Phnom Penh, 28 January 2021 – Transparency International Secretariat in Berlin, Germany, releases the results of the 2020 Corruption Perceptions Index (CPI) today. The index, which ranks 180 countries and territories by their perceived levels of public sector corruption according to experts and private sector professionals, uses a scale of 0 (zero) to 100, where 0 is highly corrupt and 100 is very clean. The CPI is the leading global indicator of public sector corruption, offering a yearly snapshot of the relative degree of corruption by ranking countries from all over the globe.
Globally, the 2020 CPI reveals that a majority of countries are showing little to no improvement in tackling corruption. Nearly half of countries have been stagnant on the index for almost a decade, indicating stalled government efforts to tackle the root causes of corruption. More than two-thirds score below 50, with an average score of just 43. The data shows that despite some progress, most countries still fail to tackle corruption effectively. By regional comparisons, the highest scoring region is Western Europe and the European Union with an average score of 66. The lowest scoring regions are Sub-Saharan Africa (32) and Eastern Europe and Central Asia (36). The Asia Pacific receives an average score of 45 which is the same as the average score in 2019 illustrating general stagnation across the region.
Analysis of the results also reveals that, amid the COVID-19 pandemic, persistent corruption is undermining healthcare systems and contributing to democratic backsliding. Countries that perform well on the index tend to invest more in healthcare, are better able to provide universal health coverage and are less likely to violate democratic norms and institutions or the rule of law. However, according to the findings, even countries with higher scores on the CPI have had their fair share of corruption challenges, including a lack of transparency in public spending in response to COVID-19.
This year’s results show that Cambodia receives a score of 21 out of a total 100—an improvement of one point since 2018. In addition, the country is ranked 160 in the global ranking among 180 countries and territories. From a regional perspective, Cambodia continues to occupy the third lowest spot in the Asia Pacific, coming above only Afghanistan and North Korea, and the lowest spot in the ASEAN region. The results obtained by other ASEAN countries have been mixed. Singapore continued to be ranked among the top 10 cleanest countries globally, with the same score (85), tying it at third place with Sweden and Switzerland. A number of countries in the region see a decline in scores compared to the previous year: Myanmar (down from 29 to 28), Vietnam (37 to 36), Malaysia (53 to 51) and Indonesia (40 to 37). Meanwhile, the rest—Thailand, Lao PDR, and Brunei Darussalam, and the Philippines’s—maintain similar scores.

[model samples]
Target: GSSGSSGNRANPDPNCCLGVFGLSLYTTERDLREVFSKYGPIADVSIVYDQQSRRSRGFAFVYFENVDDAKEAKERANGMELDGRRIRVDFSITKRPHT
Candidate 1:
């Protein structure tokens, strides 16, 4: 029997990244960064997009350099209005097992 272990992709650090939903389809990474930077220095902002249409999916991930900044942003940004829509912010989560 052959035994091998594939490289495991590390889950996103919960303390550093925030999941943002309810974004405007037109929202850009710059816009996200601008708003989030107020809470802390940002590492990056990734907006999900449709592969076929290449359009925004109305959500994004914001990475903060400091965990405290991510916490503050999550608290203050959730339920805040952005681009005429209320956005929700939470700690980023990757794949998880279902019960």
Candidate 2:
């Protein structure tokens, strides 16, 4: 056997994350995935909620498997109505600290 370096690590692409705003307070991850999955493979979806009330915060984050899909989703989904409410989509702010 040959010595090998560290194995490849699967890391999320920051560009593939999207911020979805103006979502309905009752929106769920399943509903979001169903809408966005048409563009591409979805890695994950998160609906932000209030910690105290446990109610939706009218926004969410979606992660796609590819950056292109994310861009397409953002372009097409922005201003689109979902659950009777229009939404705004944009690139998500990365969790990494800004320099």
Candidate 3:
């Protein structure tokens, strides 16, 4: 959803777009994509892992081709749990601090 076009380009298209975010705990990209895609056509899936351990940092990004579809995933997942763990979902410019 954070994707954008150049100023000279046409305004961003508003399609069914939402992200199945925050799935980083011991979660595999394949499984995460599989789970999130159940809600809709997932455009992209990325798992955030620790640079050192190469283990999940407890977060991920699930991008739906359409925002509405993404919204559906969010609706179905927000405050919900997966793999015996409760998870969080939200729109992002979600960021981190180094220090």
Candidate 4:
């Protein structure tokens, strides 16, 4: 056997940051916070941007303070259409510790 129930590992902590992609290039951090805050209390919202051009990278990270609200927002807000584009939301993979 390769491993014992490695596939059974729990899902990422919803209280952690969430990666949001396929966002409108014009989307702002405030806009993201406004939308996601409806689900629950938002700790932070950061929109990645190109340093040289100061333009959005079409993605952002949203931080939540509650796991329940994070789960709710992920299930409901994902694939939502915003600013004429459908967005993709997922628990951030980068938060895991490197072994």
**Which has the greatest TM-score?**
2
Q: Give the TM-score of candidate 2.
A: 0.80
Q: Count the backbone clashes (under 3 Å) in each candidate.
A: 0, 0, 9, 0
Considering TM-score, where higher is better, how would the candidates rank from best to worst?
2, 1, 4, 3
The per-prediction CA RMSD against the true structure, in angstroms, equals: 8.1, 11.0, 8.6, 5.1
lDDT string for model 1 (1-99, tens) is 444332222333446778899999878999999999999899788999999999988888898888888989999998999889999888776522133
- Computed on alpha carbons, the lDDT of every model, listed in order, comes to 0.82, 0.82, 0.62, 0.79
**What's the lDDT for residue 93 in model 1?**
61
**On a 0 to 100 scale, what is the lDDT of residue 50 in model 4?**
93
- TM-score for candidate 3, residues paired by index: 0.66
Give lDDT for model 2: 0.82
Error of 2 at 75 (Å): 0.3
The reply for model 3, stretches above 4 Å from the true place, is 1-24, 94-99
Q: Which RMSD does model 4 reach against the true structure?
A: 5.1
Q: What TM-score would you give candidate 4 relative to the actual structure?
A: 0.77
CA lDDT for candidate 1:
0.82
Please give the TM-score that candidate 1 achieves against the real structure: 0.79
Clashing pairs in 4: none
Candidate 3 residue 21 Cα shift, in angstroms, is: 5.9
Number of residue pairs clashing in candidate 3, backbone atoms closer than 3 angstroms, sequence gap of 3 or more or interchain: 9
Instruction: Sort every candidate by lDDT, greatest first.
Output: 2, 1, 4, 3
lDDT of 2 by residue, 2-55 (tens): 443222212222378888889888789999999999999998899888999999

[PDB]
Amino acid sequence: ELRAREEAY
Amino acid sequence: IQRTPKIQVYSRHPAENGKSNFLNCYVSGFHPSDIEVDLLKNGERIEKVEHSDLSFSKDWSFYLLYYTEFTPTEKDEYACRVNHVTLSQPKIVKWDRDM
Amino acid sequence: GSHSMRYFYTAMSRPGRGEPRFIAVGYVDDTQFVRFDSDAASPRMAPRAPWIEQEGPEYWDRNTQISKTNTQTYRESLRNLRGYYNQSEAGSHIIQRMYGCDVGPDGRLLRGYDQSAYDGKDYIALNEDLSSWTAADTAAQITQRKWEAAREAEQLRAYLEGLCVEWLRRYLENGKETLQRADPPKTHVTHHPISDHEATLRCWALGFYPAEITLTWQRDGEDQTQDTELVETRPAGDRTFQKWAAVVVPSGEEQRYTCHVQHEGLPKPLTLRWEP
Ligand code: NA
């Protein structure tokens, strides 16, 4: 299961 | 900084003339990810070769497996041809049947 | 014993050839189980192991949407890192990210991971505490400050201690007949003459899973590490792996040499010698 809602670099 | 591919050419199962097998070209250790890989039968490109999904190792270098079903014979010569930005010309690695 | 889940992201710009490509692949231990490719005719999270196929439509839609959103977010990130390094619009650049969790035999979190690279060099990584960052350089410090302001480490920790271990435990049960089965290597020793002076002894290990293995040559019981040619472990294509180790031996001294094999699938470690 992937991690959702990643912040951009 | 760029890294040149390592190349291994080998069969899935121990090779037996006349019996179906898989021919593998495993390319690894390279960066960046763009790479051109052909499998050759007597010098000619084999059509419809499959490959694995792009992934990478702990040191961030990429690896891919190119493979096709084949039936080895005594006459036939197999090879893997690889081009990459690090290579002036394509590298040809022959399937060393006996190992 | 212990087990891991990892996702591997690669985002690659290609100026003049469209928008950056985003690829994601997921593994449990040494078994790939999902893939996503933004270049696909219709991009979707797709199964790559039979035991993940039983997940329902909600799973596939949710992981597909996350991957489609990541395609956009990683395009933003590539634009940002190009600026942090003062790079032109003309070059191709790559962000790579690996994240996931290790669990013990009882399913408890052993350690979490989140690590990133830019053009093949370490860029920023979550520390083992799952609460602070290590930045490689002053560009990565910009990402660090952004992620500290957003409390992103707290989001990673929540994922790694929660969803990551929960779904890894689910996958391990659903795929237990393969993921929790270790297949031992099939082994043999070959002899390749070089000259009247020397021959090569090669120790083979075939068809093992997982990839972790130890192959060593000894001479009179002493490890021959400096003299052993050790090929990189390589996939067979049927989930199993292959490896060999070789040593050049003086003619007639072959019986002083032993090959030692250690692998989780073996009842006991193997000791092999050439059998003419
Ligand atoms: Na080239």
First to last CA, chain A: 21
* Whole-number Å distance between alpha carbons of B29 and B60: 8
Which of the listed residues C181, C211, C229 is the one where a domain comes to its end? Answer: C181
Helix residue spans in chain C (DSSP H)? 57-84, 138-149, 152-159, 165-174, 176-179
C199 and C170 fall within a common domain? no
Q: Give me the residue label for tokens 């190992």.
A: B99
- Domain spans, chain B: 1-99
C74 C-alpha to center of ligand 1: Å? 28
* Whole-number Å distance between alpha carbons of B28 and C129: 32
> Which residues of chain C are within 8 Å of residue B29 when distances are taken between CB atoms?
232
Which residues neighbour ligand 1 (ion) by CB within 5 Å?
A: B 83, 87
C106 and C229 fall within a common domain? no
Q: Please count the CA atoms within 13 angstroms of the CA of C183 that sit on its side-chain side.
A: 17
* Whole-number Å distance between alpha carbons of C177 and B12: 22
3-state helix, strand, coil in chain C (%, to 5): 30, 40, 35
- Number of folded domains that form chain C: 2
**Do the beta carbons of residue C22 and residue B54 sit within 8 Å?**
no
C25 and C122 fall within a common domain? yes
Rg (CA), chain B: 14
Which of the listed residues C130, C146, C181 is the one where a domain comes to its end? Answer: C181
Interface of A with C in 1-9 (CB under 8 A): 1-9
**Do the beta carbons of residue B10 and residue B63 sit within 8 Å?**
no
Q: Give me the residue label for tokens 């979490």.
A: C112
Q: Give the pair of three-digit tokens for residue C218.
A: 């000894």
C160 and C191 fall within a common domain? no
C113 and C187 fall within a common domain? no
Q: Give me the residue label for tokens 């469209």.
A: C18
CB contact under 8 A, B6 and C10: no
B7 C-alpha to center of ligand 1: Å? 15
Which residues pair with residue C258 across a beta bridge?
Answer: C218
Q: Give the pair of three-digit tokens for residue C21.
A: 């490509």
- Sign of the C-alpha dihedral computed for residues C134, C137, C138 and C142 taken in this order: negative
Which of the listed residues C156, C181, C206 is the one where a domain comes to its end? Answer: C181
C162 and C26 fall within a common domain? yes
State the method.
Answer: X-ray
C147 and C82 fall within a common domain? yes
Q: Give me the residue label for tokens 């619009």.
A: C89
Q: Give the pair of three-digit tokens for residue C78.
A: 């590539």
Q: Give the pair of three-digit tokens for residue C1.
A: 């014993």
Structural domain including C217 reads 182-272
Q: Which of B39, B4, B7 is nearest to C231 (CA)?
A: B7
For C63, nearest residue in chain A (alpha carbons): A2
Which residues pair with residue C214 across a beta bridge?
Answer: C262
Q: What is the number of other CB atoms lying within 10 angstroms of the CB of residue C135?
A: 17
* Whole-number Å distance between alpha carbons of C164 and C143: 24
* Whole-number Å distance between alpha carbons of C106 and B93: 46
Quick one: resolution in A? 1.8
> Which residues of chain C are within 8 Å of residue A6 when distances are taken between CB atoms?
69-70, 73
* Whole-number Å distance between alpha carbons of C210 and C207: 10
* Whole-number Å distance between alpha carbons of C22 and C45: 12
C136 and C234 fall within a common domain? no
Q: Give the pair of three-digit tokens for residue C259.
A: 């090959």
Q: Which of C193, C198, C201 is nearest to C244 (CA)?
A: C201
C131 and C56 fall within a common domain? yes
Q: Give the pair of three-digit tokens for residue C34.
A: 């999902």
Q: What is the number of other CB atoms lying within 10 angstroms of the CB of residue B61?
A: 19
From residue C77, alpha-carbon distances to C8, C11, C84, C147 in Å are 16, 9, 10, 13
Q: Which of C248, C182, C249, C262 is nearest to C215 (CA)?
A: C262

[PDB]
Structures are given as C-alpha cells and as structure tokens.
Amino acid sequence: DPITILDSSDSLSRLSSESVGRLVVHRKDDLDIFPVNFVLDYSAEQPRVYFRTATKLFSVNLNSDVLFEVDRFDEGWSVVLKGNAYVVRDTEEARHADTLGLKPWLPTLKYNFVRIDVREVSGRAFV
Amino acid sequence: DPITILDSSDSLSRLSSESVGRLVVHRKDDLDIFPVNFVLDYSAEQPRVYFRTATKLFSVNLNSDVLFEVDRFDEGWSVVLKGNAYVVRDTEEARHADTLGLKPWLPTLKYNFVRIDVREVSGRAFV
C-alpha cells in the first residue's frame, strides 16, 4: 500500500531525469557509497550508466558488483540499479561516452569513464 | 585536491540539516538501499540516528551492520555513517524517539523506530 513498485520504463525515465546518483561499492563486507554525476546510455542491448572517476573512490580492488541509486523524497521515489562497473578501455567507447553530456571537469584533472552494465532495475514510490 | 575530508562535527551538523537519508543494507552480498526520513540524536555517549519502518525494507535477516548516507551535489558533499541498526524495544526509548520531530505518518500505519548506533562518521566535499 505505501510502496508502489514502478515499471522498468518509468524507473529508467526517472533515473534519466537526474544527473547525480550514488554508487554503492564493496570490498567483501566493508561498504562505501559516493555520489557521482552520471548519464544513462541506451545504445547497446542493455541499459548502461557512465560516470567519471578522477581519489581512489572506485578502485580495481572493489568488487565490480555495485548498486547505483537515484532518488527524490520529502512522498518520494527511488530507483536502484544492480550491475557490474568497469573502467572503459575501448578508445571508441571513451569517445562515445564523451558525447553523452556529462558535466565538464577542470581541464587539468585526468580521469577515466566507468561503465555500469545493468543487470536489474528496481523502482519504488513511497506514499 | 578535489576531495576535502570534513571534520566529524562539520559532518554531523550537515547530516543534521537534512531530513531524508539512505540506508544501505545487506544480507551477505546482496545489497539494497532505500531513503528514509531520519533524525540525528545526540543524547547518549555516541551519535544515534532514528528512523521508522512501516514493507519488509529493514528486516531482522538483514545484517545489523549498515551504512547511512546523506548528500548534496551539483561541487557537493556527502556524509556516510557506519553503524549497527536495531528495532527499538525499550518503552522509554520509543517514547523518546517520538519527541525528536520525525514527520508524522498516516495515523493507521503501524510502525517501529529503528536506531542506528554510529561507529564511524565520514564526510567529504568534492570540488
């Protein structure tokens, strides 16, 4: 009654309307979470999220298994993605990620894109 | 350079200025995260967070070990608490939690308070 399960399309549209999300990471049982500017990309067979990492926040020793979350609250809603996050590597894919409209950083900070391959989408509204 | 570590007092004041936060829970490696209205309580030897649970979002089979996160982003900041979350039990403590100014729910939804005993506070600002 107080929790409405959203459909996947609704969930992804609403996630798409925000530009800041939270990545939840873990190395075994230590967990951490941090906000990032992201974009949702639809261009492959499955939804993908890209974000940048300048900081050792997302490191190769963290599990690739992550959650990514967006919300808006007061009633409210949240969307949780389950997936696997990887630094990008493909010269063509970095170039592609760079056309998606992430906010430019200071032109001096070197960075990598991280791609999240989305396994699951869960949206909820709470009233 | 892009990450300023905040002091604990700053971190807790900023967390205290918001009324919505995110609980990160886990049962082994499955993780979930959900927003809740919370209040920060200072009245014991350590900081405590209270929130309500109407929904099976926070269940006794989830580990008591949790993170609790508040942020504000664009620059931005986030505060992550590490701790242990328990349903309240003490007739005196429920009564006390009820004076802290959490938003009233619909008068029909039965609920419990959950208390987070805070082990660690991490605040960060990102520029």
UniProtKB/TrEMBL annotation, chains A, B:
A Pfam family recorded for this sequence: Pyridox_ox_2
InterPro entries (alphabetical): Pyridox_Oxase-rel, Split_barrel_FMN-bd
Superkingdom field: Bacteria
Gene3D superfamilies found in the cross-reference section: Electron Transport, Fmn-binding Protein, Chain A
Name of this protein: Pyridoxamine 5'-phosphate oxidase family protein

The Cambodia’s results reflect some progress the country has made, including in its efforts to reduce corruption in the private sector, reform public financial management mainly through the strengthening of resource mobilisation, foster e-government and improve public services, particularly in response to Covid-19. The improvement, however, has not changed the overall perception of experts and business executives, particularly when key structural and systematic reforms that seek to tackle grand and political corruption and strengthen the rule of law are deemed to have made little to no progress. In fact, on both the World Justice Project Rule of Law Index 2020 and the Varieties of Democracy 2020 index, which measure countries’ efforts to advance the rule of law and democratic development respectively, Cambodia continues to receive the lowest scores.